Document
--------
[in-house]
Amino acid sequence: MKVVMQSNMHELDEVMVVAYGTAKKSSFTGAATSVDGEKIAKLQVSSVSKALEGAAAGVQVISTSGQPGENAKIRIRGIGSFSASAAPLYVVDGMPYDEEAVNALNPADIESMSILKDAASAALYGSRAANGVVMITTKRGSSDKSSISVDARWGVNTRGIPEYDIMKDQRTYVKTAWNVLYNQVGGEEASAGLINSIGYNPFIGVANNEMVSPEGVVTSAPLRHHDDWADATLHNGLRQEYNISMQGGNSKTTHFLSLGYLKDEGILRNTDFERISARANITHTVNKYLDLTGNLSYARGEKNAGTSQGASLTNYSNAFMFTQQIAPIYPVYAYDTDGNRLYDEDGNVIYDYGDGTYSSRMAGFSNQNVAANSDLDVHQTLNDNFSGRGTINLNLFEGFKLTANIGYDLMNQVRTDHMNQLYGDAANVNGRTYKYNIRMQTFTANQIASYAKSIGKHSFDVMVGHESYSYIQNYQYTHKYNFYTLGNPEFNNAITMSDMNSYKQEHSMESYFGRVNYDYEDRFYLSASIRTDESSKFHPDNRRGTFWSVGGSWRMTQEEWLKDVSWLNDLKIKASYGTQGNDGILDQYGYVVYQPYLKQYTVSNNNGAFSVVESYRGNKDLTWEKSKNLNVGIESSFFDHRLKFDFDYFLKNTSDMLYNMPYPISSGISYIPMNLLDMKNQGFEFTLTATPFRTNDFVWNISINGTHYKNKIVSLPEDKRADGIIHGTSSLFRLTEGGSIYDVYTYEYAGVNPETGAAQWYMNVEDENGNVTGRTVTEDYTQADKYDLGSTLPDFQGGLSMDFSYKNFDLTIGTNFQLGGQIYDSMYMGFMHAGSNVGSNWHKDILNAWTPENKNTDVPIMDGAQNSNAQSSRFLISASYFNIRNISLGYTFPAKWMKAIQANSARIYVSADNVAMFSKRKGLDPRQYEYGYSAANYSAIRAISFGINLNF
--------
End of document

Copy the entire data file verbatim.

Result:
[in-house]
Amino acid sequence: MKVVMQSNMHELDEVMVVAYGTAKKSSFTGAATSVDGEKIAKLQVSSVSKALEGAAAGVQVISTSGQPGENAKIRIRGIGSFSASAAPLYVVDGMPYDEEAVNALNPADIESMSILKDAASAALYGSRAANGVVMITTKRGSSDKSSISVDARWGVNTRGIPEYDIMKDQRTYVKTAWNVLYNQVGGEEASAGLINSIGYNPFIGVANNEMVSPEGVVTSAPLRHHDDWADATLHNGLRQEYNISMQGGNSKTTHFLSLGYLKDEGILRNTDFERISARANITHTVNKYLDLTGNLSYARGEKNAGTSQGASLTNYSNAFMFTQQIAPIYPVYAYDTDGNRLYDEDGNVIYDYGDGTYSSRMAGFSNQNVAANSDLDVHQTLNDNFSGRGTINLNLFEGFKLTANIGYDLMNQVRTDHMNQLYGDAANVNGRTYKYNIRMQTFTANQIASYAKSIGKHSFDVMVGHESYSYIQNYQYTHKYNFYTLGNPEFNNAITMSDMNSYKQEHSMESYFGRVNYDYEDRFYLSASIRTDESSKFHPDNRRGTFWSVGGSWRMTQEEWLKDVSWLNDLKIKASYGTQGNDGILDQYGYVVYQPYLKQYTVSNNNGAFSVVESYRGNKDLTWEKSKNLNVGIESSFFDHRLKFDFDYFLKNTSDMLYNMPYPISSGISYIPMNLLDMKNQGFEFTLTATPFRTNDFVWNISINGTHYKNKIVSLPEDKRADGIIHGTSSLFRLTEGGSIYDVYTYEYAGVNPETGAAQWYMNVEDENGNVTGRTVTEDYTQADKYDLGSTLPDFQGGLSMDFSYKNFDLTIGTNFQLGGQIYDSMYMGFMHAGSNVGSNWHKDILNAWTPENKNTDVPIMDGAQNSNAQSSRFLISASYFNIRNISLGYTFPAKWMKAIQANSARIYVSADNVAMFSKRKGLDPRQYEYGYSAANYSAIRAISFGINLNF